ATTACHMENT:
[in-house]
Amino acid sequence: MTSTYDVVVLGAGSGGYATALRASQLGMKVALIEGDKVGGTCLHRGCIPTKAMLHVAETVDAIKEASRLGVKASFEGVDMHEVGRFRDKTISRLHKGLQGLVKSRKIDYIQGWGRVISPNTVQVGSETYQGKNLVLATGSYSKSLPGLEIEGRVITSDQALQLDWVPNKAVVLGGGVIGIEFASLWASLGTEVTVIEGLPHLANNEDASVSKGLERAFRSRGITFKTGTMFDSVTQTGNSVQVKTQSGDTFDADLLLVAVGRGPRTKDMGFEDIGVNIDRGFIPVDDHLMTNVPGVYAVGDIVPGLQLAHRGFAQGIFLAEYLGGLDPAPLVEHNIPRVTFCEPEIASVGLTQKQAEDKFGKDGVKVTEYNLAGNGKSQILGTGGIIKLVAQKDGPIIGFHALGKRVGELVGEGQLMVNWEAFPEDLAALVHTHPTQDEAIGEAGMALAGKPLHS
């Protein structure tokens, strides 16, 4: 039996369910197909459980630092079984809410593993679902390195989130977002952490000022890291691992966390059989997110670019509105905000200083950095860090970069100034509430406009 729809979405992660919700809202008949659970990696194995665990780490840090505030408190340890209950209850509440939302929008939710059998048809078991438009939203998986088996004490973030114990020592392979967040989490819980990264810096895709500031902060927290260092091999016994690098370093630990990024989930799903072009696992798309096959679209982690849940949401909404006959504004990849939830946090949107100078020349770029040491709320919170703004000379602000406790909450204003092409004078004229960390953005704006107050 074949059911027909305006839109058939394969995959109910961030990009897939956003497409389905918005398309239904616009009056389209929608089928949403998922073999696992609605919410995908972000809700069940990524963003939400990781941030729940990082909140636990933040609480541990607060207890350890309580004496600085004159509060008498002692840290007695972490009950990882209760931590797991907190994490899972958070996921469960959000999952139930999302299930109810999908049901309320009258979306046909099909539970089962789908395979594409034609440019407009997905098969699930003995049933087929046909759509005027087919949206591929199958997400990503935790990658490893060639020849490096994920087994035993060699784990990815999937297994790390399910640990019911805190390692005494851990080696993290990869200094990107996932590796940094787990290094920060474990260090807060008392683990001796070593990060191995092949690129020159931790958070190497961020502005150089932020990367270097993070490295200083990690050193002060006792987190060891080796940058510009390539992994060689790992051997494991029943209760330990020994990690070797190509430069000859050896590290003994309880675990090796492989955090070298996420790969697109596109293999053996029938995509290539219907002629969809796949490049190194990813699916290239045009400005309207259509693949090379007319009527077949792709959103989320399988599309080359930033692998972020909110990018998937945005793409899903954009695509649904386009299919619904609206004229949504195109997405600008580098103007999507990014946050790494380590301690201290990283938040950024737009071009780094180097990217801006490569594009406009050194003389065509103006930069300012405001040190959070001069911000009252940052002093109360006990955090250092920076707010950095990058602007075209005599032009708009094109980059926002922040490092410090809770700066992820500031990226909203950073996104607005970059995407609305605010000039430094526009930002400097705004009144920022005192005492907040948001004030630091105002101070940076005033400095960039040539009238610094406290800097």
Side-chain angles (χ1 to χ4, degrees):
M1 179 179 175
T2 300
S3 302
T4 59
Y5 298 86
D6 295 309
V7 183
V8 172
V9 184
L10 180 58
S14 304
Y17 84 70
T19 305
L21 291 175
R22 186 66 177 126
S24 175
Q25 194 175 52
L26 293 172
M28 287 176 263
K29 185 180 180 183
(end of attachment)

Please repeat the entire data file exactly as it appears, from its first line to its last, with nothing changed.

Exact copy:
[in-house]
Amino acid sequence: MTSTYDVVVLGAGSGGYATALRASQLGMKVALIEGDKVGGTCLHRGCIPTKAMLHVAETVDAIKEASRLGVKASFEGVDMHEVGRFRDKTISRLHKGLQGLVKSRKIDYIQGWGRVISPNTVQVGSETYQGKNLVLATGSYSKSLPGLEIEGRVITSDQALQLDWVPNKAVVLGGGVIGIEFASLWASLGTEVTVIEGLPHLANNEDASVSKGLERAFRSRGITFKTGTMFDSVTQTGNSVQVKTQSGDTFDADLLLVAVGRGPRTKDMGFEDIGVNIDRGFIPVDDHLMTNVPGVYAVGDIVPGLQLAHRGFAQGIFLAEYLGGLDPAPLVEHNIPRVTFCEPEIASVGLTQKQAEDKFGKDGVKVTEYNLAGNGKSQILGTGGIIKLVAQKDGPIIGFHALGKRVGELVGEGQLMVNWEAFPEDLAALVHTHPTQDEAIGEAGMALAGKPLHS
């Protein structure tokens, strides 16, 4: 039996369910197909459980630092079984809410593993679902390195989130977002952490000022890291691992966390059989997110670019509105905000200083950095860090970069100034509430406009 729809979405992660919700809202008949659970990696194995665990780490840090505030408190340890209950209850509440939302929008939710059998048809078991438009939203998986088996004490973030114990020592392979967040989490819980990264810096895709500031902060927290260092091999016994690098370093630990990024989930799903072009696992798309096959679209982690849940949401909404006959504004990849939830946090949107100078020349770029040491709320919170703004000379602000406790909450204003092409004078004229960390953005704006107050 074949059911027909305006839109058939394969995959109910961030990009897939956003497409389905918005398309239904616009009056389209929608089928949403998922073999696992609605919410995908972000809700069940990524963003939400990781941030729940990082909140636990933040609480541990607060207890350890309580004496600085004159509060008498002692840290007695972490009950990882209760931590797991907190994490899972958070996921469960959000999952139930999302299930109810999908049901309320009258979306046909099909539970089962789908395979594409034609440019407009997905098969699930003995049933087929046909759509005027087919949206591929199958997400990503935790990658490893060639020849490096994920087994035993060699784990990815999937297994790390399910640990019911805190390692005494851990080696993290990869200094990107996932590796940094787990290094920060474990260090807060008392683990001796070593990060191995092949690129020159931790958070190497961020502005150089932020990367270097993070490295200083990690050193002060006792987190060891080796940058510009390539992994060689790992051997494991029943209760330990020994990690070797190509430069000859050896590290003994309880675990090796492989955090070298996420790969697109596109293999053996029938995509290539219907002629969809796949490049190194990813699916290239045009400005309207259509693949090379007319009527077949792709959103989320399988599309080359930033692998972020909110990018998937945005793409899903954009695509649904386009299919619904609206004229949504195109997405600008580098103007999507990014946050790494380590301690201290990283938040950024737009071009780094180097990217801006490569594009406009050194003389065509103006930069300012405001040190959070001069911000009252940052002093109360006990955090250092920076707010950095990058602007075209005599032009708009094109980059926002922040490092410090809770700066992820500031990226909203950073996104607005970059995407609305605010000039430094526009930002400097705004009144920022005192005492907040948001004030630091105002101070940076005033400095960039040539009238610094406290800097």
Side-chain angles (χ1 to χ4, degrees):
M1 179 179 175
T2 300
S3 302
T4 59
Y5 298 86
D6 295 309
V7 183
V8 172
V9 184
L10 180 58
S14 304
Y17 84 70
T19 305
L21 291 175
R22 186 66 177 126
S24 175
Q25 194 175 52
L26 293 172
M28 287 176 263
K29 185 180 180 183